When developing an application, developers need to also write tests in order to ensure that their code functions properly. These tests will be run automatically, all throughout the development process. Using them also stops new bugs from appearing in the code.
Below is an overview of these tests, as they apply to Mobapi’s software development work.
Why do testing?
Testing has developed a lot over the past few years, to the point that tests have now become indispensable in the development of software. Using them has numerous benefits that will be described below.
The first benefit that tests provide is to guarantee that the code works, meaning it efficiently produces the thing that we want it to produce. That’s the first goal of any test!
Running tests also injects a dose of rigour into the project: code that’s been tested is code that conforms to the expected requirement.
What’s more, when tests are well-written, they serve as documentation. This leads to better comprehension of the code and of its functionality by other stakeholders.
Tests are often designed using a continuous improvement approach: each time a developer modifies the application code, the tests are launched and run.
This allows each developer to be sure that the modification that she or he introduced did not negatively affect the old version of the code and did not create any new bugs.
So in this way, we avoid regressing.
In summary, employing testing on code allows applications to be developed more rapidly, and with more certainty.
How does it work?
When we talk about tests, in reality there are several levels of them:
- Unit tests allow code to be tested at the lowest level, by isolating each part of the code. These are indispensable and make up about 80% of all tests overall.
- Integration tests are there to verify that correct functioning is taking place between various different parts of an application. These make up about 10% of testing.
- Functional tests help developers confirm that user interactions with the application are working correctly, for example the action generated by clicking on a button or a link.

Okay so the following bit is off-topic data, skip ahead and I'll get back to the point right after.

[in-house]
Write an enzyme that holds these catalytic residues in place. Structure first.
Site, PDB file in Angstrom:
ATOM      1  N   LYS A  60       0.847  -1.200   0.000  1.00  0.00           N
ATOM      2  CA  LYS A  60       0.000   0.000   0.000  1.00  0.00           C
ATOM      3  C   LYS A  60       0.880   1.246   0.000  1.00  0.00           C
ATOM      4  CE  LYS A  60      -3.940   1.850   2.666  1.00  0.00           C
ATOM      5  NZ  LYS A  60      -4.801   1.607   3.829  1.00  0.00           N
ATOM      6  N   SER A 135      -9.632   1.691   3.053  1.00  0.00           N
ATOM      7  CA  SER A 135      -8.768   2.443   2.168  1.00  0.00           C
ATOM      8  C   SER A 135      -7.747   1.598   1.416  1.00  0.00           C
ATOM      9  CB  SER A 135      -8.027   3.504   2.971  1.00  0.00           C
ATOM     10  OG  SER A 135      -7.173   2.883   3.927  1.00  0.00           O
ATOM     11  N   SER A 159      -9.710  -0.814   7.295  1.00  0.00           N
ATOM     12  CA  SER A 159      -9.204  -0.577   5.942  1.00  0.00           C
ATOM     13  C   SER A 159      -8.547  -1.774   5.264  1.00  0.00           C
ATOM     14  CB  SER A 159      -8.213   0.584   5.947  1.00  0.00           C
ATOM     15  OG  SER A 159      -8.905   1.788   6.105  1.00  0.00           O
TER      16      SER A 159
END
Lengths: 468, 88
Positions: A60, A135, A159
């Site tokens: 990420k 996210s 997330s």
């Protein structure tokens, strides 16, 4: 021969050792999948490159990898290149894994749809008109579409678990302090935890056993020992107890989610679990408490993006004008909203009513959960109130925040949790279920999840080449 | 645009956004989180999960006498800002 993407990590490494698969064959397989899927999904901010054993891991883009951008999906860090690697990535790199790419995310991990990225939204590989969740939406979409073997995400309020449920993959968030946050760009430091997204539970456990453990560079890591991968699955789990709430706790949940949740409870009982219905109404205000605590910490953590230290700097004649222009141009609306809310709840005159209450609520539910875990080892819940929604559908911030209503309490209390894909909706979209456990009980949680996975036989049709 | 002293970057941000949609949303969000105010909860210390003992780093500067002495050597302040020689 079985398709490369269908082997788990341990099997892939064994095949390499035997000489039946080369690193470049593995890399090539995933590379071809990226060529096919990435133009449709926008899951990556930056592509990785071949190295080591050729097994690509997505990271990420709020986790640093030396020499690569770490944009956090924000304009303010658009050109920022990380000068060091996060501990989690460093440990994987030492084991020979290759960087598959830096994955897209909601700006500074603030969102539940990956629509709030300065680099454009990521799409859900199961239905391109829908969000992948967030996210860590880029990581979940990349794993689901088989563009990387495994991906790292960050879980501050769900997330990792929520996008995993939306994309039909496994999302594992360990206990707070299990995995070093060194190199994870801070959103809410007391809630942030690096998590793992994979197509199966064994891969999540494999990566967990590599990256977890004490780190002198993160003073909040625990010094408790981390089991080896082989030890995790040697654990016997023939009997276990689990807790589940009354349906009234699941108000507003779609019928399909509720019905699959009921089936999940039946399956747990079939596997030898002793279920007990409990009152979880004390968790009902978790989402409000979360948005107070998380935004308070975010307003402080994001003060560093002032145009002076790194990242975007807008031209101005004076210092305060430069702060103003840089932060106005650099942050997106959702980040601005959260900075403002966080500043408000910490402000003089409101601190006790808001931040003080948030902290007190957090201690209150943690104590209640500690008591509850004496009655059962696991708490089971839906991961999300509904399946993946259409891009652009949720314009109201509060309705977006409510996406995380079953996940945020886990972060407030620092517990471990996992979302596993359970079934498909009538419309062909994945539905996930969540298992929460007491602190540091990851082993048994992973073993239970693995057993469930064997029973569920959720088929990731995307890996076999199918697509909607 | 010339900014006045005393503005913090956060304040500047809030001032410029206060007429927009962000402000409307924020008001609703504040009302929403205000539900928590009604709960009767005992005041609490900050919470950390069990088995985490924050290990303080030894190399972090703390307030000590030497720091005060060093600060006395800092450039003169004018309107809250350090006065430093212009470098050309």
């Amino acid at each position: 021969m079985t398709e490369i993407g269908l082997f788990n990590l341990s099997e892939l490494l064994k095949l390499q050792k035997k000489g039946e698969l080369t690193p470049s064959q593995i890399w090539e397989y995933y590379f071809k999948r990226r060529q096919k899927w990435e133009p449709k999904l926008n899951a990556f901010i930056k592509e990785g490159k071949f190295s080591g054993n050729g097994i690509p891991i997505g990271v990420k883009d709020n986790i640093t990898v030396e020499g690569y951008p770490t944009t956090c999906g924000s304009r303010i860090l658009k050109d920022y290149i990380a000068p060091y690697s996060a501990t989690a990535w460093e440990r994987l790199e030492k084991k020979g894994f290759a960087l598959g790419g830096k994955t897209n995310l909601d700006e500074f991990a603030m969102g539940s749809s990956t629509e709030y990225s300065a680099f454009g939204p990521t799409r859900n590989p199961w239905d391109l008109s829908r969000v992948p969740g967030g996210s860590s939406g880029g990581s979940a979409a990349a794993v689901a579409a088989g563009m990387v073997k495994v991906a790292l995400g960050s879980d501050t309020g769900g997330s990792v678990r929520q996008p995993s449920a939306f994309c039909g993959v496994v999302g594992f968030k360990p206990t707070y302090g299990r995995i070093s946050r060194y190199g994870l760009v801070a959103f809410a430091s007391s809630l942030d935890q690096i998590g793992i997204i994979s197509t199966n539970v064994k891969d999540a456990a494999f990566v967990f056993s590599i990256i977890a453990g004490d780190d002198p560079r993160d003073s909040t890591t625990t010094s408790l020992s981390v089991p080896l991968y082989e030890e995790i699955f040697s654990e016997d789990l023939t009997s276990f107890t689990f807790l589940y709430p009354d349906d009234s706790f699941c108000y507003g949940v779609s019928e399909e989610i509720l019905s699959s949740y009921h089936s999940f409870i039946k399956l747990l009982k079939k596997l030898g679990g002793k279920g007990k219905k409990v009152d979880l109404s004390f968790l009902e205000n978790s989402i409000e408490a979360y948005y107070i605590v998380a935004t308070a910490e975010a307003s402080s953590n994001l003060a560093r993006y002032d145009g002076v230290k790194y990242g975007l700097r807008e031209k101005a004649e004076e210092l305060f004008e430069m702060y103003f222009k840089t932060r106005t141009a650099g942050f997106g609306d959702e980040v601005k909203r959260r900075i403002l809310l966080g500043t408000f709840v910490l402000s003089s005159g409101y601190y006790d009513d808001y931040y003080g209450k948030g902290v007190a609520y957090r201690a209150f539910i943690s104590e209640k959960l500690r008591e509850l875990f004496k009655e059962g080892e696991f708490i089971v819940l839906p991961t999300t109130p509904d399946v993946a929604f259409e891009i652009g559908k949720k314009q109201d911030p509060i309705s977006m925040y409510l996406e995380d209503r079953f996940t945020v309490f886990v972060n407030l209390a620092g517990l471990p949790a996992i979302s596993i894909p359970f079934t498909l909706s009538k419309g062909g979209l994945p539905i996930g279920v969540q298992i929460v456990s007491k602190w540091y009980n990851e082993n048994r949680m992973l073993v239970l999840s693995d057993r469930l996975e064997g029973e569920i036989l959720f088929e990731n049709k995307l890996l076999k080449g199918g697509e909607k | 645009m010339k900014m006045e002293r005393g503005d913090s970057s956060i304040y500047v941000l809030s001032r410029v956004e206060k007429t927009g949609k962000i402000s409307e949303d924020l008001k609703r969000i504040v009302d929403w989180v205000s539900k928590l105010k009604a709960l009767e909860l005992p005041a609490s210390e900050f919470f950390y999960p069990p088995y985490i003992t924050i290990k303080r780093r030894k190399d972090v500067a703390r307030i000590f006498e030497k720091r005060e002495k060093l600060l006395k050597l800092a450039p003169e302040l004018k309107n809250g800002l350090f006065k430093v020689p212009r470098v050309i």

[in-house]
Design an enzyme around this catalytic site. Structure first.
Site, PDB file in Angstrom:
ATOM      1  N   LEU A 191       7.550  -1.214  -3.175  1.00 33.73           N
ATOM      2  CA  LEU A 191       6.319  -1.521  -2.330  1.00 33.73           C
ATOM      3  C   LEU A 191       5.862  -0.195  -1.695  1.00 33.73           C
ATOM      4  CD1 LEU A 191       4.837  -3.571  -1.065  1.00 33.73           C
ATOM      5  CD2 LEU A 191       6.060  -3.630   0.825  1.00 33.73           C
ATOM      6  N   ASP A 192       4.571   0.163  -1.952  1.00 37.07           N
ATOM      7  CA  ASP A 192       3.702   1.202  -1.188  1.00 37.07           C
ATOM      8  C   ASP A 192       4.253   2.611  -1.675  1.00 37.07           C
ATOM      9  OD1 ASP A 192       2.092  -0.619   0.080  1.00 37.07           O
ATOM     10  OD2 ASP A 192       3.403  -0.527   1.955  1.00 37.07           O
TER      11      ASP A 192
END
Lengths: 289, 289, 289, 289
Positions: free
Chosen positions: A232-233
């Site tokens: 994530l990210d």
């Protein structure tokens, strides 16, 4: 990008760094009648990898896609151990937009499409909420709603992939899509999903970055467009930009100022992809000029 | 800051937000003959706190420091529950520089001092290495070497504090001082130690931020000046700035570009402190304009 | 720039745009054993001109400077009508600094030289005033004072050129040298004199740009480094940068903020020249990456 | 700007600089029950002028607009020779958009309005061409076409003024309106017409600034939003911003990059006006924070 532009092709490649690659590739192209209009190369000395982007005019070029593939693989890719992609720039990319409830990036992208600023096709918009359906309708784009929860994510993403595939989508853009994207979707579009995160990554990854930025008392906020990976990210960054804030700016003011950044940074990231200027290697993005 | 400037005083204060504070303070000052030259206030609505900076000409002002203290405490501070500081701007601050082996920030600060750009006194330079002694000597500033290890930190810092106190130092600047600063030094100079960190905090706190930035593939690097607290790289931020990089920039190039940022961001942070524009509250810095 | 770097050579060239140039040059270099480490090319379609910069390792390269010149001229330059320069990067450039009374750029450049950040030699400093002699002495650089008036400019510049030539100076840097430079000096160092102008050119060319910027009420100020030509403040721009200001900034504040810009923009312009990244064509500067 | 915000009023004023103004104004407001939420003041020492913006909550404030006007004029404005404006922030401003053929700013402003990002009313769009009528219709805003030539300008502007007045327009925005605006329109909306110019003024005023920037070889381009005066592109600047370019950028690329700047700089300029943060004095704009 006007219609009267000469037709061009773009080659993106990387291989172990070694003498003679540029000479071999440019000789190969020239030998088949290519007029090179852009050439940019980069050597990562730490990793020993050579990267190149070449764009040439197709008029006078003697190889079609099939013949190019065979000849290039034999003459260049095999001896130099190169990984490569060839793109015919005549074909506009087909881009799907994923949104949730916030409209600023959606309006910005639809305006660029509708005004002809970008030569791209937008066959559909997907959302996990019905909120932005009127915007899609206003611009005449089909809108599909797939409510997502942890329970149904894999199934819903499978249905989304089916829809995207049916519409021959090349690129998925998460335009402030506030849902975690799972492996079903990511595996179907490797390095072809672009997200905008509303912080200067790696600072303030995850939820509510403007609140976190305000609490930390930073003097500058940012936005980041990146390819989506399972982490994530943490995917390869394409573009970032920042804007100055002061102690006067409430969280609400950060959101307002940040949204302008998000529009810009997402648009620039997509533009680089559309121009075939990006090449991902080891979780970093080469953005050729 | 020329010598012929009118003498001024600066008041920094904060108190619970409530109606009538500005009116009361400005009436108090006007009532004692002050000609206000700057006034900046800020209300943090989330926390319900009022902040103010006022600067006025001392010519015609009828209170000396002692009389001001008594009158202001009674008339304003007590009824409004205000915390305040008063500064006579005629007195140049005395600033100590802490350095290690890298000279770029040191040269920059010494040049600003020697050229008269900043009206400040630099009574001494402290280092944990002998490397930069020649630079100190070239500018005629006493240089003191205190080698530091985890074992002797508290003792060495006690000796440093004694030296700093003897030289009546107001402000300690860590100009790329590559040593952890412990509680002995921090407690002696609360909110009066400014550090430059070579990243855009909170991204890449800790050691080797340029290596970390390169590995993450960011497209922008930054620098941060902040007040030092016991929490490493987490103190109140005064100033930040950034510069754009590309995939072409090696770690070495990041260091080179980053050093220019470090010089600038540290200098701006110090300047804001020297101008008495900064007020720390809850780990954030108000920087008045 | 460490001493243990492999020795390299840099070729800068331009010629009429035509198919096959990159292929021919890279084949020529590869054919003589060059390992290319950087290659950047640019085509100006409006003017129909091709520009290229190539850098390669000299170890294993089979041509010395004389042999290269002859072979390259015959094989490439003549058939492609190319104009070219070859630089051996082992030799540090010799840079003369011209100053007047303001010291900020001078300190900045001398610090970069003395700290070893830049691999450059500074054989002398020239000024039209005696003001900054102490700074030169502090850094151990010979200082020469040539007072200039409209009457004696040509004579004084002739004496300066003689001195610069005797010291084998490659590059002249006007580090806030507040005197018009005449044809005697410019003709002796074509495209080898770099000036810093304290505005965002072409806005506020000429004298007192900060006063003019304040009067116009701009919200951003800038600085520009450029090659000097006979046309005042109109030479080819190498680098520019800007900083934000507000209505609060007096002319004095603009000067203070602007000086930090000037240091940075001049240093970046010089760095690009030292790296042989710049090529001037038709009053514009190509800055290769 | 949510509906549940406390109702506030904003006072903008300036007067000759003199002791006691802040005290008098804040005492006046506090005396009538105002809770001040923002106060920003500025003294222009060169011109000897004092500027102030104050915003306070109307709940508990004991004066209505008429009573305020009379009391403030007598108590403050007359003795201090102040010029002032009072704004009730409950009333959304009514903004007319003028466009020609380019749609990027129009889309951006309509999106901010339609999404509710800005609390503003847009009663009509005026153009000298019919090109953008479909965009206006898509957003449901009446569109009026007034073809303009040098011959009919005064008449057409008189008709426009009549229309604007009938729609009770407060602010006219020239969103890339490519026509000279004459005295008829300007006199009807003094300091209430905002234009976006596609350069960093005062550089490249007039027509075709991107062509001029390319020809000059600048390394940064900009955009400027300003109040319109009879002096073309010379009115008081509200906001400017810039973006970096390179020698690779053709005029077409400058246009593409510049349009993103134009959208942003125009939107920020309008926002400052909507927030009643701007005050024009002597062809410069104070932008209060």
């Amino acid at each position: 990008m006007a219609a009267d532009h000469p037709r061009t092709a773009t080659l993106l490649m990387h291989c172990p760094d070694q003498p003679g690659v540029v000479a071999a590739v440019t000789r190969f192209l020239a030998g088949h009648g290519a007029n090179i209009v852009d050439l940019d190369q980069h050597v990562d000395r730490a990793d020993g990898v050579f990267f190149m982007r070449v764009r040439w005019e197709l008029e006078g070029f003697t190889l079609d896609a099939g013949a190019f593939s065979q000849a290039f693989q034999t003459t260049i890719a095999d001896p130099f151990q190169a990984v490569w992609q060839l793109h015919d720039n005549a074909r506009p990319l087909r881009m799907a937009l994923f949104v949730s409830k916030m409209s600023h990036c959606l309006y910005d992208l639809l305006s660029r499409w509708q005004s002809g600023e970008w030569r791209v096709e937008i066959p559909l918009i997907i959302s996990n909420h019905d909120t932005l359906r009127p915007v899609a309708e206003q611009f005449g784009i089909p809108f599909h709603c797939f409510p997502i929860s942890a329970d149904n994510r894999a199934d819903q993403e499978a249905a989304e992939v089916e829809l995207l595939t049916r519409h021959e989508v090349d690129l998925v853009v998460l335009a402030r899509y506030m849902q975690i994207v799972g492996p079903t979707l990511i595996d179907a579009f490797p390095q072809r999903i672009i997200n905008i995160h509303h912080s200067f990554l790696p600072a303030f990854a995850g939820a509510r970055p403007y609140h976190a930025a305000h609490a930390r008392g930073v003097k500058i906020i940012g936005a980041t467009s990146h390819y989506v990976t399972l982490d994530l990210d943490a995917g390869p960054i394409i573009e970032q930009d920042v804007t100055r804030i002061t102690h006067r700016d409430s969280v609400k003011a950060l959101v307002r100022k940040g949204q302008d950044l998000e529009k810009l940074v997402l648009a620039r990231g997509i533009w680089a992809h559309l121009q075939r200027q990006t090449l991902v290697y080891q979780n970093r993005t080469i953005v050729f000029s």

Two methods exist for organizing the development of an application around testing:
- Test-Driven Development (TDD)
- Behaviour-Driven Development (BDD).
These two methods are very commonly used because they save time during the application’s coding phase. Using these, developers avoid writing functionality that is not strictly necessary.
The principle of TDD is to write the test before writing the code. Yes, that does mean anticipating something that doesn’t yet exist.
The developer writes the test, which is obviously then going to output an error. Next, he or she writes the code so that it passes this test, no more and no less. The entirety of the code is developed while thinking primarily about the tests.
The BDD method, for its part, is derived from TDD. The difference is it creates a language that is comprehensible to all of the actors involved in the project: developers, project managers, sales reps, etc.
This involves the use of frameworks more or less oriented towards one or the other method. Technically, this is demonstrated via a syntax that is reasonably close to “human” language.
Typically, a test written under the TDD paradigm would give something like the following:
When we follow Behaviour-Driven Development, we read the tests like we would read a text written by a human, meaning that it is much more legible as compared to TDD. For example:
At Mobapi, our developers devised tests for all levels of the application. For example, here is a screenshot of what happens when a developer modifies the application’s source code to update the code:
All of the tests have been passed successfully, and the developer has not changed the functioning of the original code, and so can move on to the next stage of the work.
Thanks to this article, I hope that you now understand why we decided to incorporate the formidable tools known as tests into our work. ;)